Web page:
According to the law of non-contradiction, a statement and its negation can’t both be true at the same time and in the same sense. Interestingly, if this law of logic is applied to the statement a relativist makes about truth: “Truth is relative,” it becomes apparent that this is a violation of the law. This is an objective statement about the nature of truth. Therefore, the statement: “Truth is not relative” cannot be true at the same time that the statement “Truth is relative” is true. If there’s no objective truth, then this statement does not apply. If it does not apply, then we don’t need to listen to it. If it does apply to everyone, then it is an objective statement, which it claims does not exist! So, it’s the same thing as the false statement mentioned earlier, and is just as unintelligible.

Another option regarding truth is to say it is objective, or that some truths apply all of the time, and in all circumstances. This claim does not have the same problem as the previous claim: namely, it does not refute itself. It also doesn’t violate the law of non-contradiction. But does it have better arguments in its favor?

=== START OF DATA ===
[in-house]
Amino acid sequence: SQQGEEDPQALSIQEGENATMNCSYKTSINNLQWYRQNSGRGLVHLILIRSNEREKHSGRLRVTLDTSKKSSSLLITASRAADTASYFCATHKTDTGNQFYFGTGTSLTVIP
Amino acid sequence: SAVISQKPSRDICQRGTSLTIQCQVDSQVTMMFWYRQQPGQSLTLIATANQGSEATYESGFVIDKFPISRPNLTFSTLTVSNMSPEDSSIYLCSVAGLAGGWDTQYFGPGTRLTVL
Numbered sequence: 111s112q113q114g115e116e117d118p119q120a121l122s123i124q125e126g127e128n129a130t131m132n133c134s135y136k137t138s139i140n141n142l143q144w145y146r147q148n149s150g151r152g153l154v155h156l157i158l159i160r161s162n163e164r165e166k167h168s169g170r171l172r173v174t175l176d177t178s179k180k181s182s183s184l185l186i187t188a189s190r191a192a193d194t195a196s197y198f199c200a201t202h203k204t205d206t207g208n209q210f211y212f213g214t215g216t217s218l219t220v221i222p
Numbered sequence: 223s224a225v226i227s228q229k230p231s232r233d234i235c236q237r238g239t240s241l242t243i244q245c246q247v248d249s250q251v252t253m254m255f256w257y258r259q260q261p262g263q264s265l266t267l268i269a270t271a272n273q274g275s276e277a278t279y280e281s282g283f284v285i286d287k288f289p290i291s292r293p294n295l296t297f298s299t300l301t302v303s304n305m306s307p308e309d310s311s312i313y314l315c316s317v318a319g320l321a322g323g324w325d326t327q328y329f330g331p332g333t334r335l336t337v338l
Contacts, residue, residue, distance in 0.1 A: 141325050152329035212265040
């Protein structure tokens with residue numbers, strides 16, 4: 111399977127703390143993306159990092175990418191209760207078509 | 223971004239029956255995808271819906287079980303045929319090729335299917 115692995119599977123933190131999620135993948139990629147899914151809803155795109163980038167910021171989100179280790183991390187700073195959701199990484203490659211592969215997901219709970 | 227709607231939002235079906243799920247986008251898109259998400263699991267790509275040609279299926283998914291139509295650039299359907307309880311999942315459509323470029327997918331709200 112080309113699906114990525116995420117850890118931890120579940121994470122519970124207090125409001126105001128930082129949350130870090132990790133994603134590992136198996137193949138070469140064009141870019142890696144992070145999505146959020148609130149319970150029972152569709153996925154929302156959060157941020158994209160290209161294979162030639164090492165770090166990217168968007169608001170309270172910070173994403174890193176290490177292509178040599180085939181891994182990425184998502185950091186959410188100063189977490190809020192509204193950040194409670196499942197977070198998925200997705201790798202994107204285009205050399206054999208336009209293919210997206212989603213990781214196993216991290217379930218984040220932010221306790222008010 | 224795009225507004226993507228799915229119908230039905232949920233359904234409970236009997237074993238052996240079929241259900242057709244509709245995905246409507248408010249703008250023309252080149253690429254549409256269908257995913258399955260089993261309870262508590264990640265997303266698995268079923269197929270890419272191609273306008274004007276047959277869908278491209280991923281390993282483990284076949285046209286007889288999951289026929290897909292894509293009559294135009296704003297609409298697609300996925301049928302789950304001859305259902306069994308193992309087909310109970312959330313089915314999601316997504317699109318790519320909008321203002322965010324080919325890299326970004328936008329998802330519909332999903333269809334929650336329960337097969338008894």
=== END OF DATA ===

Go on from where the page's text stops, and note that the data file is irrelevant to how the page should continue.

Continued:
Every day, we live with a belief in objective claims. Life would be unlivable without them: a red traffic light means to stop. If everyone suddenly decided that this was just an arbitrary, relative claim, traffic accidents would occur at numerous intersections. While this isn’t a conclusive argument, it’s a decent start.

Another good argument for the objective nature of truth is the discipline of science. Mathematicians discover objective formulas frequently. Imagine a scientist in a lab having to re-work the equations he came up with yesterday, just to be certain they still applied. He could never apply a proven formula to a new situation without re-working the entire formula. In fact, no one could demonstrate the objectivity of any formula or law.